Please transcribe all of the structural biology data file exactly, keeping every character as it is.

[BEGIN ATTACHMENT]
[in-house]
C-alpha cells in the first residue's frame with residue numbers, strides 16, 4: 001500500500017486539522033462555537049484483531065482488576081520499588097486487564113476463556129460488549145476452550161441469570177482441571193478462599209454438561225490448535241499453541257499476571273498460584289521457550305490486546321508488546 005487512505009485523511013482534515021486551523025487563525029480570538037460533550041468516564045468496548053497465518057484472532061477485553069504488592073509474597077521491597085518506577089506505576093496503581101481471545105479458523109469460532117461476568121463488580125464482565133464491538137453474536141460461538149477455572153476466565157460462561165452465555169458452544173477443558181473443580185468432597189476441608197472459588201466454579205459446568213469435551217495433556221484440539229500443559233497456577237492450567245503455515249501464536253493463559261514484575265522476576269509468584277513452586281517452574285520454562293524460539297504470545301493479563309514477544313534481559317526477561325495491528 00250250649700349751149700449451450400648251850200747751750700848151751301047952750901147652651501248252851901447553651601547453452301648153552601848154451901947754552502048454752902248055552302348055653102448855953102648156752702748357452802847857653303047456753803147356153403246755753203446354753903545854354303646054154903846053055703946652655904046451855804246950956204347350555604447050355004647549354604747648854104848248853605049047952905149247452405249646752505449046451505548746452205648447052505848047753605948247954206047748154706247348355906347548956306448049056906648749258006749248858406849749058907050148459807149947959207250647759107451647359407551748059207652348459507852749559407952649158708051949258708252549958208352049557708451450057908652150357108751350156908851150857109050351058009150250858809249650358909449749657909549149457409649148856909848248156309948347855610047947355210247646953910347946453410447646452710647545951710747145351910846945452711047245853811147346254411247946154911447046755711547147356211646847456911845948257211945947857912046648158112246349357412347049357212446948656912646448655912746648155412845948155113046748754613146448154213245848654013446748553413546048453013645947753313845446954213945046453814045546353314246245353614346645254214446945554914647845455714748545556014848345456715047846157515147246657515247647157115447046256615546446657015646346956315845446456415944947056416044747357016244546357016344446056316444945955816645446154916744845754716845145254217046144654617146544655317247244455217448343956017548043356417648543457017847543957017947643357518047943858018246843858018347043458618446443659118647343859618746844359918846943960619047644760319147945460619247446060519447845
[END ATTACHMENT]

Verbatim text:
[in-house]
C-alpha cells in the first residue's frame with residue numbers, strides 16, 4: 001500500500017486539522033462555537049484483531065482488576081520499588097486487564113476463556129460488549145476452550161441469570177482441571193478462599209454438561225490448535241499453541257499476571273498460584289521457550305490486546321508488546 005487512505009485523511013482534515021486551523025487563525029480570538037460533550041468516564045468496548053497465518057484472532061477485553069504488592073509474597077521491597085518506577089506505576093496503581101481471545105479458523109469460532117461476568121463488580125464482565133464491538137453474536141460461538149477455572153476466565157460462561165452465555169458452544173477443558181473443580185468432597189476441608197472459588201466454579205459446568213469435551217495433556221484440539229500443559233497456577237492450567245503455515249501464536253493463559261514484575265522476576269509468584277513452586281517452574285520454562293524460539297504470545301493479563309514477544313534481559317526477561325495491528 00250250649700349751149700449451450400648251850200747751750700848151751301047952750901147652651501248252851901447553651601547453452301648153552601848154451901947754552502048454752902248055552302348055653102448855953102648156752702748357452802847857653303047456753803147356153403246755753203446354753903545854354303646054154903846053055703946652655904046451855804246950956204347350555604447050355004647549354604747648854104848248853605049047952905149247452405249646752505449046451505548746452205648447052505848047753605948247954206047748154706247348355906347548956306448049056906648749258006749248858406849749058907050148459807149947959207250647759107451647359407551748059207652348459507852749559407952649158708051949258708252549958208352049557708451450057908652150357108751350156908851150857109050351058009150250858809249650358909449749657909549149457409649148856909848248156309948347855610047947355210247646953910347946453410447646452710647545951710747145351910846945452711047245853811147346254411247946154911447046755711547147356211646847456911845948257211945947857912046648158112246349357412347049357212446948656912646448655912746648155412845948155113046748754613146448154213245848654013446748553413546048453013645947753313845446954213945046453814045546353314246245353614346645254214446945554914647845455714748545556014848345456715047846157515147246657515247647157115447046256615546446657015646346956315845446456415944947056416044747357016244546357016344446056316444945955816645446154916744845754716845145254217046144654617146544655317247244455217448343956017548043356417648543457017847543957017947643357518047943858018246843858018347043458618446443659118647343859618746844359918846943960619047644760319147945460619247446060519447845